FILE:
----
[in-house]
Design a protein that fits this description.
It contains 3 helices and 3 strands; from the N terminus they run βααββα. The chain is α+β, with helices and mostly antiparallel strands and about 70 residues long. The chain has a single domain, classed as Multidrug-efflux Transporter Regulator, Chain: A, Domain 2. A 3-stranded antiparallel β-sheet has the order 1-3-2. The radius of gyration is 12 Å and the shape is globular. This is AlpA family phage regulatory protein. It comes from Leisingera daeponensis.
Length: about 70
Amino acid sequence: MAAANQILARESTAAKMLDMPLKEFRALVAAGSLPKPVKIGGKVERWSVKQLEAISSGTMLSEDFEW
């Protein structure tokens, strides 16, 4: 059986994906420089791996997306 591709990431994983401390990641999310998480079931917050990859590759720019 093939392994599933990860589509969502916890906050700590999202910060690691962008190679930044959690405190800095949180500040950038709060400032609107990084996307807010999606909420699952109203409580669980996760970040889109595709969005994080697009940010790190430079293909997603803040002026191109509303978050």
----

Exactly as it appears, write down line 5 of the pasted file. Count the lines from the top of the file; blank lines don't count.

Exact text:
Amino acid sequence: MAAANQILARESTAAKMLDMPLKEFRALVAAGSLPKPVKIGGKVERWSVKQLEAISSGTMLSEDFEW